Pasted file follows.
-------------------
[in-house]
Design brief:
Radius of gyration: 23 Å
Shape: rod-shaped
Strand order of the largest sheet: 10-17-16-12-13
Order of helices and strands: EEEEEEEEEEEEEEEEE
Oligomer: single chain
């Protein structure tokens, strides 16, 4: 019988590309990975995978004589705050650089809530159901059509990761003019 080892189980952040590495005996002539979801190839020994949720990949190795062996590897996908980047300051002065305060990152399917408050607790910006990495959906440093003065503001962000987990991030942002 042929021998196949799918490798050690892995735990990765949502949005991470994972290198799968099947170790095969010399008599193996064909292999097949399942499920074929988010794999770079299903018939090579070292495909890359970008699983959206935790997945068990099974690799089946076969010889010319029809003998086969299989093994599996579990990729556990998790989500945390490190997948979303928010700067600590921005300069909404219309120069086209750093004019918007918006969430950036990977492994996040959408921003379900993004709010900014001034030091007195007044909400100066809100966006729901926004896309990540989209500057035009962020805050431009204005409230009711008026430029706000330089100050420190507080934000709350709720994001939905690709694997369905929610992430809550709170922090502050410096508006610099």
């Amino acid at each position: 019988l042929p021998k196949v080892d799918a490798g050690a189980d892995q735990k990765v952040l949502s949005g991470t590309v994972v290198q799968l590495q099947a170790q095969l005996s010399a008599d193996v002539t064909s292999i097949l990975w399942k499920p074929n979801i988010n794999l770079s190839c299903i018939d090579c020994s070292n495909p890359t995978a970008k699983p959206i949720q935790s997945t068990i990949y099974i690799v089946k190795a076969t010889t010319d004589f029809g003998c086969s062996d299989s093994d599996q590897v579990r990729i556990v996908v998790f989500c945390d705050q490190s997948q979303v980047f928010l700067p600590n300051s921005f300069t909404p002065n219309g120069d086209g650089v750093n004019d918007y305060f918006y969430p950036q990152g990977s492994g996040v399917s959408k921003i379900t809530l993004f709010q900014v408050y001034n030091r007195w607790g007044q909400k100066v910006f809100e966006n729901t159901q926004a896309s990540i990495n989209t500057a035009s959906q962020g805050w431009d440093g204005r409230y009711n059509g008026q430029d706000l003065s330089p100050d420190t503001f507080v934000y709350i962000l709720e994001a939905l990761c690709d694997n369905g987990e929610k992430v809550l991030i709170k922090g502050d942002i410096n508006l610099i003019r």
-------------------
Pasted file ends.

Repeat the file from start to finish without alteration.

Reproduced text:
[in-house]
Design brief:
Radius of gyration: 23 Å
Shape: rod-shaped
Strand order of the largest sheet: 10-17-16-12-13
Order of helices and strands: EEEEEEEEEEEEEEEEE
Oligomer: single chain
């Protein structure tokens, strides 16, 4: 019988590309990975995978004589705050650089809530159901059509990761003019 080892189980952040590495005996002539979801190839020994949720990949190795062996590897996908980047300051002065305060990152399917408050607790910006990495959906440093003065503001962000987990991030942002 042929021998196949799918490798050690892995735990990765949502949005991470994972290198799968099947170790095969010399008599193996064909292999097949399942499920074929988010794999770079299903018939090579070292495909890359970008699983959206935790997945068990099974690799089946076969010889010319029809003998086969299989093994599996579990990729556990998790989500945390490190997948979303928010700067600590921005300069909404219309120069086209750093004019918007918006969430950036990977492994996040959408921003379900993004709010900014001034030091007195007044909400100066809100966006729901926004896309990540989209500057035009962020805050431009204005409230009711008026430029706000330089100050420190507080934000709350709720994001939905690709694997369905929610992430809550709170922090502050410096508006610099």
């Amino acid at each position: 019988l042929p021998k196949v080892d799918a490798g050690a189980d892995q735990k990765v952040l949502s949005g991470t590309v994972v290198q799968l590495q099947a170790q095969l005996s010399a008599d193996v002539t064909s292999i097949l990975w399942k499920p074929n979801i988010n794999l770079s190839c299903i018939d090579c020994s070292n495909p890359t995978a970008k699983p959206i949720q935790s997945t068990i990949y099974i690799v089946k190795a076969t010889t010319d004589f029809g003998c086969s062996d299989s093994d599996q590897v579990r990729i556990v996908v998790f989500c945390d705050q490190s997948q979303v980047f928010l700067p600590n300051s921005f300069t909404p002065n219309g120069d086209g650089v750093n004019d918007y305060f918006y969430p950036q990152g990977s492994g996040v399917s959408k921003i379900t809530l993004f709010q900014v408050y001034n030091r007195w607790g007044q909400k100066v910006f809100e966006n729901t159901q926004a896309s990540i990495n989209t500057a035009s959906q962020g805050w431009d440093g204005r409230y009711n059509g008026q430029d706000l003065s330089p100050d420190t503001f507080v934000y709350i962000l709720e994001a939905l990761c690709d694997n369905g987990e929610k992430v809550l991030i709170k922090g502050d942002i410096n508006l610099i003019r």